SET fund a step too far

SET fund a step too far

The Covid-19 pandamic has disrupted supply chains and tourism activities around the world, causing growing impacts on the global economy. Thailand is significantly affected given its economy largely relies on exports and tourism.

Concerns over the outbreak and the economic downturn have strongly affected investment in the Stock Exchange of Thailand (SET). The SET index has tumbled since early in the year and crashed last week. On Friday, the SET triggered its circuit breaker, the second in a week and the fifth ever, after the index nosedived to the lowest level in almost eight years.

The slump of the index prompted the government to come up with the idea of launching a huge stabiliser fund to support the SET. According to Deputy Prime Minister Somkid Jatusripitak, the fund should be big enough to accommodate the domestic equity market, which is worth around 16-17 trillion baht, almost equivalent to the country's GDP, which was 17.36 trillion baht in 2019.

Such a stabiliser fund is not new for Thailand. There have been three funds established previously. The first fund worth one billion baht was launched to curb the market crash during 1987's Black Monday. The second worth 10 billion baht was established in 1992 to ease the impact of the Black May protest in Bangkok. The third worth 10 billion baht was established in 2001 after the 9/11 attack. Those three funds proved effective in stabilising the stock market.

However, there are two critical questions about the new fund concerning its effectiveness and appropriateness. To be effective, the scale of funding required for the fund will be much higher than that of the previous ones. This is because the current stock market capitalisation has ballooned to more than 13 trillion baht, compared to 1-2 trillion baht when the past three funds were introduced. It is expected the new fund would need at least 100 billion baht for it to become meaningful to the market these days.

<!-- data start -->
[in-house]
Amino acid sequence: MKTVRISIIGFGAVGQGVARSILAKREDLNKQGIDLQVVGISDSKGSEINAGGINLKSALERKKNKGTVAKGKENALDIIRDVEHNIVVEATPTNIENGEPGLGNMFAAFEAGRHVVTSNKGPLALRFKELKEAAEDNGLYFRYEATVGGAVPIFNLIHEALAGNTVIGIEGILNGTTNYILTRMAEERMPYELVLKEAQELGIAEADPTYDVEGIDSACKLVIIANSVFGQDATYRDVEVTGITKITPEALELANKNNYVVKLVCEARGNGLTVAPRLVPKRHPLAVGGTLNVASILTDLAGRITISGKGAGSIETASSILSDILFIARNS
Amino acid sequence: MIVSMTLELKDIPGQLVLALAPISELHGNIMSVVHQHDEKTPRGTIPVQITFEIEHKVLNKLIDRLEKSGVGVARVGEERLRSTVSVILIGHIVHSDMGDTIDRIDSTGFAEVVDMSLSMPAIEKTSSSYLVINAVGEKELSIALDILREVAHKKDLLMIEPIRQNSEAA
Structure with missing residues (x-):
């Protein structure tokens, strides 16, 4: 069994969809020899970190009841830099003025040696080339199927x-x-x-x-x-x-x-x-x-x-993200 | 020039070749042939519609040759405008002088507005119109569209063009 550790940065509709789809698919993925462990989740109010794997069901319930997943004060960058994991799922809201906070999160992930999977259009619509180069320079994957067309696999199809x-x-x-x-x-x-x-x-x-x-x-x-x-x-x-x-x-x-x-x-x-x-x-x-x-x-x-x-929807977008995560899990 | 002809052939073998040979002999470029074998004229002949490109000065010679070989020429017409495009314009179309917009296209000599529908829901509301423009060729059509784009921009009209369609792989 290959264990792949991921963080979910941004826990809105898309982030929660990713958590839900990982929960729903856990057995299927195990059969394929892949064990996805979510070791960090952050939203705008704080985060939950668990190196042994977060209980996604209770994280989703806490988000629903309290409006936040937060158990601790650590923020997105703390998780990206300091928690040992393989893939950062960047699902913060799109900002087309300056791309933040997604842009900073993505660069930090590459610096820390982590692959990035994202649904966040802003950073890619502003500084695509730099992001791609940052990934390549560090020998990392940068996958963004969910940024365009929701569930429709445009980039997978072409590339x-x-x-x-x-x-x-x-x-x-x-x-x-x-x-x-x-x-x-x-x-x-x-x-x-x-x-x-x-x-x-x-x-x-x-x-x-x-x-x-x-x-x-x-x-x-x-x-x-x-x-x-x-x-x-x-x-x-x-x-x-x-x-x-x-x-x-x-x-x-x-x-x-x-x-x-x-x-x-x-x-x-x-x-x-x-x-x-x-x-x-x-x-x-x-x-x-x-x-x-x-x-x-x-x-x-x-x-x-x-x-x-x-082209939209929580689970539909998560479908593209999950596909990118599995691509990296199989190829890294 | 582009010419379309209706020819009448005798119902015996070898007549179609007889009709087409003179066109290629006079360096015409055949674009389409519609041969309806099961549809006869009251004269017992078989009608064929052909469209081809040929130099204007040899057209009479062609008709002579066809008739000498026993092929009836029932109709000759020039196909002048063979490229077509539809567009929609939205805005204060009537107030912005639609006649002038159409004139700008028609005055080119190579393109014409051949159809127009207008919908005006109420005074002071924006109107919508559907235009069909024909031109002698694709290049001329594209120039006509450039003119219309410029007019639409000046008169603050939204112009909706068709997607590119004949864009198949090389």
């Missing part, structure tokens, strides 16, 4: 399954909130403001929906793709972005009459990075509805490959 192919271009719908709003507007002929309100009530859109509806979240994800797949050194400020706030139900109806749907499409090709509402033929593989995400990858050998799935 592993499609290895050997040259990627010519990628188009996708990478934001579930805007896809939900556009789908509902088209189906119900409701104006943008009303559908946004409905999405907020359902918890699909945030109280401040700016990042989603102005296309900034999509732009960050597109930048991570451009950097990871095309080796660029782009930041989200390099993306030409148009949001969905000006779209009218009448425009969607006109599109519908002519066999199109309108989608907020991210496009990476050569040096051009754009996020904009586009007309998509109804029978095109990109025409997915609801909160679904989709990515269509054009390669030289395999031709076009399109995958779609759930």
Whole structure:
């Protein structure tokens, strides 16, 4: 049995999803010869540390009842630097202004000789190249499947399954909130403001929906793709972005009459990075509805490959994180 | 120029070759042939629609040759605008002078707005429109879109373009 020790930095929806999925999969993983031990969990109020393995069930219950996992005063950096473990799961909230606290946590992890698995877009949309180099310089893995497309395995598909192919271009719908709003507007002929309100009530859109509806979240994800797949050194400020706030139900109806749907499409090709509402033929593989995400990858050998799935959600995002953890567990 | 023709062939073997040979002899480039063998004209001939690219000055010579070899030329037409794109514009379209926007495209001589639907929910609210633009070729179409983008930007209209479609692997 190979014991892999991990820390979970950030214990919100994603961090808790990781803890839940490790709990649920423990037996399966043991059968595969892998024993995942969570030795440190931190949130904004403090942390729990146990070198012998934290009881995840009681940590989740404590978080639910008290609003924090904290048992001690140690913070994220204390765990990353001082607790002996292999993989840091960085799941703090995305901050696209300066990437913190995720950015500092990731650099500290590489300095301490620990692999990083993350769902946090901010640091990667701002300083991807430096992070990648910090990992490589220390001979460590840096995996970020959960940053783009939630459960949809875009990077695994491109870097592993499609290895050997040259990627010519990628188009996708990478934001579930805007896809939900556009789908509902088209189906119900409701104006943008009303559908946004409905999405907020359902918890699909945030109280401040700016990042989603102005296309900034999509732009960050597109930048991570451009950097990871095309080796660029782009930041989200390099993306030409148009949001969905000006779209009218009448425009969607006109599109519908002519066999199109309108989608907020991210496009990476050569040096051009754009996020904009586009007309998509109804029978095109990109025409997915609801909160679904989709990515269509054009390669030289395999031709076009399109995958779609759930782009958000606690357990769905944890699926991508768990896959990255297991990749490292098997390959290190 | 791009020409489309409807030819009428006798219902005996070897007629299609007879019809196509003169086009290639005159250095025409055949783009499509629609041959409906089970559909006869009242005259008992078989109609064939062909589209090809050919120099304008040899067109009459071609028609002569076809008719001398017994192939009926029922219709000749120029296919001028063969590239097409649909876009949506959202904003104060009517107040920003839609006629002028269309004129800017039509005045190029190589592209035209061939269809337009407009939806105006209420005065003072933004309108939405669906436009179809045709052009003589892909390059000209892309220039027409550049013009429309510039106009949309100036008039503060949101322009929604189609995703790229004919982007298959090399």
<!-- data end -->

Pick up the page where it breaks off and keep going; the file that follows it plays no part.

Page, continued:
Where else can such huge funding come from if not from the state coffers? The deputy prime minister hinted the fund will be sourced from government agencies and the private sector, insisting the government will not allocate fiscal budget to support the fund.

Even so, the contribution of state agencies would inevitably cost the state coffers and draw on tax money, either directly or indirectly.

It is also questionable whether it is appropriate to establish such a huge fund to help investors, especially the rich. Most top billionaires in this country have their businesses listed in the SET. Their wealth in terms of stock value has dropped 20-40% due to the market crash, but they are still very rich.

The stabiliser fund will enrich the richest people and widen the income gap. Of course, a large number of retail investors would also benefit from it, but they should have realised their investment was made at their own risk.

The stock market reflects the economic outlook and fundamentals. Whenever such factors are not promising, any fund launched to bail out the market will not be fruitful and sustainable, and could even be money wasted.

Instead of throwing money at supporting the stock market, the government should use state funding to boost local consumption via tax measures. It should immediately invest in and import a large number of Covid-19 testing facilities and then subsidise the testing for all. Timely and affordable testing for the virus can prevent the outbreak from getting worse.


Bangkok Post editorial column

These editorials represent Bangkok Post thoughts about current issues and situations.

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